...where we met up with Military Guy and Scary Plasticized Gas Mask Guy.
The latter of whom I thought was a robot.
Because they have those as flagman along highways; and in stores to promote smart phones.
Oops: He was not a robot.
(note: the wet floor was smelly - not the Guys)

Finally!  Going up the stairs to exit the tunnel/shelter,
were greeted by Scary Plasticized Gas Mask Guy #2.

And Plasticized Guy who said "good-bye" in Korean to every. single. person.
Do these children look frightened?
Sweaty and bored, maybe.  Certainly not scared of bombs.

 Students headed back to school just 15 minutes after the siren sounded. 

I asked around campus - long-timers mostly didn't bother doing the drill.  And people who were in the city at the tie said that no one was seeking shelter during the air raid drill.

So: do you get any sense that South Korea is freaking out about threats of war. Nope.  Neither do I.



Saturday, August 19, 2017

Korean hospital: Some surprises


This summer, Elisabeth had severe abdominal pain and became an in-patient at a local Korean hospital. I, on the other hand, as her intrepid mother (who might have lost rock/paper/scissors with a certain husband), got a chance to glimpse the workings of said local Korean hospital. 

Now, you should know right away that I splurged on a private room.  Judge me if you want, but wait just a moment until you know more.

(1) Korean hospitals speak Korean.  Which is totally their right to do so.  I, however, can really only speak English, Medical, and enough Spanish to get to the beach.  My Korean skills are reserved for entertaining two-year-olds.  Thus, communication with any other patients in a room, let alone their presumably nosy visitors, would be nigh unto exhausting.

(2) Sleeping and healing among a multitude of sick strangers really didn't appeal to Elisabeth.  Further, we did not know whether the non-private rooms (with 2, 4, or 8 beds) were gender-segregated, and sleeping with a bunch of men was right out. 

(3) In Korea, overnight stays by family members are standard and thus each hospital bed has a pull-out cot underneath.  So, doing hospital math, a 4-bed room actually sleeps 8 people.  This compounded problem #1 and made problem #2 now apply to me.  Ah, no.  I didn't need men in the room OR scary ajummas.

(4) And, as I suspected, compared to US prices getting a private room was quite reasonable.  We paid the total bill when we checked out (I do love that feature): the private suite, CT scan,  x-rays, consultations with a doctor, blood draws, IV, and pain meds came to a total of.... About $400.  Judge me if you will. 

We didn't get a diagnosis for Elisabeth's abdominal pain (it wasn't appendicitis but could have been diverticulusis/-itis).  Even so, you might be interested in some highlights via pictures.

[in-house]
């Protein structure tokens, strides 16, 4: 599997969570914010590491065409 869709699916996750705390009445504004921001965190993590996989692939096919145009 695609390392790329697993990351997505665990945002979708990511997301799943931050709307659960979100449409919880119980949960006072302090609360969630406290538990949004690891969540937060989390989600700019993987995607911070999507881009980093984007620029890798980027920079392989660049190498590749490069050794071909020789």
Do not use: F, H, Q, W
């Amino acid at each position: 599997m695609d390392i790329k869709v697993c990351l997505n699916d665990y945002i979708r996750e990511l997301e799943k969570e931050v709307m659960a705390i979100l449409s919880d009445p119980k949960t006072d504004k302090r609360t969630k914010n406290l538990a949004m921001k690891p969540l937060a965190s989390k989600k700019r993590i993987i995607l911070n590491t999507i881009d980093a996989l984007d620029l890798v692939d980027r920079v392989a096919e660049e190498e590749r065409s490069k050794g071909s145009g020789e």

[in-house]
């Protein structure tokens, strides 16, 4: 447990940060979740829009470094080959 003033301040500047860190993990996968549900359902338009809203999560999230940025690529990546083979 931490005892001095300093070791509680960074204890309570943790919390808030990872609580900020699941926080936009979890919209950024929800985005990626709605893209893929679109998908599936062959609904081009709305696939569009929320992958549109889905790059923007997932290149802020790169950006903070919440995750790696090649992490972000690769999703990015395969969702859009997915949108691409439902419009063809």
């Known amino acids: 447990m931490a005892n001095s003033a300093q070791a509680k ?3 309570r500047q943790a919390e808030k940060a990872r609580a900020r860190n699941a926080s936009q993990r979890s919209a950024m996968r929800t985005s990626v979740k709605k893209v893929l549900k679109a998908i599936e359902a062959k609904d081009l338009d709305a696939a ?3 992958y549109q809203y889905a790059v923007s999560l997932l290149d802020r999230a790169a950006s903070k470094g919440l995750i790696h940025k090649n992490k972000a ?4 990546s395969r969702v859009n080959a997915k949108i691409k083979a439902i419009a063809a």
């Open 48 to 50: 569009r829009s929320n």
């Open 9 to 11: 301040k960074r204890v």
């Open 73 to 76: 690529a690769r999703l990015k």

My beloved TA helps Elisabeth get checked into the hospital.

My TA is called into the CT room to teach Elisabeth key Korean
words like, "breathe."

Ooh!  When the radiology tech guy stepped away
I got to peek at Elisabeth's innards.  So cool.

Elisabeth gets admitted and up we go to her private room.
Western readers might notice that the bed is super low,
which certainly makes it easier for the patient to board and deplane (disembark?).
The squatting nurse, using the bed as a desk, is a bit harder to explain.

Elisabeth rebels against wearing the hospital pants (yea for soft yoga pants from Oma and Opa!).
We move to the sitting room where my TA translates instructions for me (far left).
And I can't help but notice that Elisabeth is getting her blood drawn by Squatting Nurse.

Hmm.  No gloves for Squatting Nurse.  Ok. 

Hmmm.  Popping off the needle cap with one's teeth.
Squatting Nurse is just full of surprises.
Once the pain meds take effect, Elisabeth works on her microeconomics
and has a skype call with her teacher.  
Note the cool TV monitor attached to her bed;
the tabletop is part of the footboard that swings up.  Cool stuff.

Elisabeth settles into her cozy bed behind her giant No Food sign.
Thus, we didn't get to sample hospital food.
I might have gotten Nick to bring McDonald's food for my dinner. :)

 Any questions you have?  Other adventures or places you'd like to see featured?  Happy to accommodate.  :)


Wednesday, August 16, 2017

Meeting a Mole: Bad Samaritan

Apparently, it is NOT ok to ask your daughter’s visiting friend to touch your mole. Even if it’s a very cute mole.

So, remember the day I “saved” that beetle from its own foolishness?  Later that same day, I saw another animal in distress.  Here's how it happened.

David and I drove to the campus convenience store (yes, we drove because...he needed the driving practice?? it was hot out?) and along the way, in the right-hand gutter, scuttled a wee furry critter.  “A mole!” my brain registered just as we passed it.  “Back up!” I ordered hapless David, who was on an entirely different wavelength what with traffic and short-skirted pedestrians all about.  Being a good boy, he did as instructed, trusting my judgment.